Roman Authority Encounters with Jesus


Celebrity status of Jesus of Nazareth quickly spread throughout the area. Inevitably the news of his famous miraculous healing abilities would extend outside of Judea.[1]

Many people, including those who were not Jewish, trusted enough in what they had heard or witnessed that they too believed Jesus could help them — including some Romans.

Run out of Nazareth, Jesus had proclaimed in a local synagogue that he is the fulfillment of Isaiah’s prophecy foretelling of the arrival of the Messiah.[2] Soon after that, Jesus delivered the celebrated sermon of the Beatitudes and made his new home in Capernaum.[3]

Approaching Jesus in Capernaum, a Roman military officer requested him to heal his beloved servant.[4] Original Greek text word hekatontarches used in both Matthew and Luke is most frequently translated as “centurion” although it is not the specific Greek word kenturion for “centurion.”[5]

Definition of hekatontarches is a generic reference to “an officer in the Roman army.”[6] Whether centurion rank or not, he was a high-ranking officer in the Roman military.

Not with him, the boy was still at the Roman’ officer’s home paralyzed, in terrible pain and near death. Recognizing a common trait they shared, the Roman officer saw that each had “authority” to command accordingly believing Jesus could heal his servant by merely commanding it:

MT 8:8-10: “Lord, I am not worthy for You to come under my roof, but just say the word, and my servant will be healed. For I also am a man under authority, with soldiers under me; and I say to this one, ‘Go!’ and he goes, and to another, ‘Come!’ and he comes, and to my slave, ‘Do this!’ and he does it. (NASB)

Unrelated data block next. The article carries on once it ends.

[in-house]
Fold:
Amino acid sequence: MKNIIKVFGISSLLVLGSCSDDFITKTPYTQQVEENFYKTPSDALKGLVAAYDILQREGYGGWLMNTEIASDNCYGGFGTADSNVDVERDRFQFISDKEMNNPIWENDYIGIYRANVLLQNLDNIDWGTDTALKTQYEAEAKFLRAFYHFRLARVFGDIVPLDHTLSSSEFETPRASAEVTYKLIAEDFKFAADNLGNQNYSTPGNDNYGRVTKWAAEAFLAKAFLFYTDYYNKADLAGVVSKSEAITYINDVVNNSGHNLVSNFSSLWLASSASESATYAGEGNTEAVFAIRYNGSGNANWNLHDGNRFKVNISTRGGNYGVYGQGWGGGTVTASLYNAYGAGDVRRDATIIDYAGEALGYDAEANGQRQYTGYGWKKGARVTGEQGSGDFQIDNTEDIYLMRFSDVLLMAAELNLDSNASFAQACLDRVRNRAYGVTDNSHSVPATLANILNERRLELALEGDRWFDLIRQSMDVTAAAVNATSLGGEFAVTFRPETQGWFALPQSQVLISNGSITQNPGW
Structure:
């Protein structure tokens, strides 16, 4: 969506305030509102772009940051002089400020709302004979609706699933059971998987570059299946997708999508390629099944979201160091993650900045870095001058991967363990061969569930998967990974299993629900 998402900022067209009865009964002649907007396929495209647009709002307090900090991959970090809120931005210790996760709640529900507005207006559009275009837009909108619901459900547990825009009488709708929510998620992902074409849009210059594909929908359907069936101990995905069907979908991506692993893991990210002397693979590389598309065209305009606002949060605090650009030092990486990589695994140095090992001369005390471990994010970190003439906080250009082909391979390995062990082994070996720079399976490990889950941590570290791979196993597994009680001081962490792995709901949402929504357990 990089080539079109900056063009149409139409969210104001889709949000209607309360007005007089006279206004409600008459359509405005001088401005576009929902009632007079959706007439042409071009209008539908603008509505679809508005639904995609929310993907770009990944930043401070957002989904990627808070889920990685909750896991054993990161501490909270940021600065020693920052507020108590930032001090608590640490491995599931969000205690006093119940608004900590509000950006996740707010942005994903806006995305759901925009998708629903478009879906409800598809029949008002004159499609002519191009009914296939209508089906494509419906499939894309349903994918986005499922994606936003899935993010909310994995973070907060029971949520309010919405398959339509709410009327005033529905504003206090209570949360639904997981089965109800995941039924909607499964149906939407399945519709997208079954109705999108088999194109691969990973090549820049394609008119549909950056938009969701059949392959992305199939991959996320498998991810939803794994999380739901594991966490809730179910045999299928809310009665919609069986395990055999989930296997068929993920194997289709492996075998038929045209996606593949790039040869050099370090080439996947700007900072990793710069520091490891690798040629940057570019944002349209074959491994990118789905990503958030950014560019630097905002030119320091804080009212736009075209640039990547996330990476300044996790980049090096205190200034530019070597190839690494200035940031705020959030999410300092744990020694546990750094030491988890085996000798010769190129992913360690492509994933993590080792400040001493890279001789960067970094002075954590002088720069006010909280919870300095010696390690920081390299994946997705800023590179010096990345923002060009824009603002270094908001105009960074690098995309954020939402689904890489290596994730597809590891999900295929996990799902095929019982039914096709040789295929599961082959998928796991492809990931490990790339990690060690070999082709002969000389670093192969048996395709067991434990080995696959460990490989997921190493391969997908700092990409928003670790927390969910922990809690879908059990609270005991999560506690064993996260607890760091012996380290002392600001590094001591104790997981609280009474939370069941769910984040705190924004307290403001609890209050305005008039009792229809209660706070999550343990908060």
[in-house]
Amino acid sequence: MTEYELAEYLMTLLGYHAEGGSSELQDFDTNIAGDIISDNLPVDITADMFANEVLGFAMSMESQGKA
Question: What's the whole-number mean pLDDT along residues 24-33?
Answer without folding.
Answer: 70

Marveling at the words of the Roman officer, Jesus told the crowd he had never seen such faith as this in Israel and told the Roman officer his servant would be healed just as he believed. At the time of the command of Jesus, it was confirmed the Roman officer’s servant was healed.[7]

MT 8:10, 13 “Now when Jesus heard this, He marveled and said to those who were following, ‘Truly I say to you, I have not found such great faith with anyone in Israel. Go; it shall be done for you as you have believed.’ And the servant was healed that very moment.” (NASB)

Next encounter with Roman authority in the Gospels was Procurator Pilate who served as the Roman government judge. For this scenario as part of this responsibility, he was tasked with weighing the charges leveled against Jesus by the Jewish leadership.

Previously, Caesar Augustus had issued a standing decree chiseled into a pillar of the Temple of Caesar to treat the Jews with moderation. Anyone who transgressed the decree would be severely punished.[9]

Appointed by Tiberius, Pilate had to perform a difficult balancing act to avoid drawing negative attention from Caesar. Tiberius committed to honor the decrees of his predecessor even though both viewed the Jews as troublesome.[8]

No friend of the Jews, Pilate had twice offended the Jewish nation, once by bringing Roman ensigns with effigies of Caesar into Jerusalem. Another time, he used the “sacred money” of the Jews to construct a Jerusalem aqueduct.

On the surface, it would seem to many that Pilate would relish being able to legally crucify a Jew, no less at the behest of the Jewish leaders under the accusation of insurrection and tax evasion.[10] Crucifixion of Jews was commonplace by the Romans, but case of Jesus was highly unusual.

Questioning Jesus privately, Pilate asked “Are You the King of the Jews?”[11] Jesus acknowledged that he is a King, but not one of this world.

Agreeing with the judgement of Galilee Tetrarch Herod, Pilate said, “I find no basis for a charge against him.” Continuing, the crowd pressed Pilate: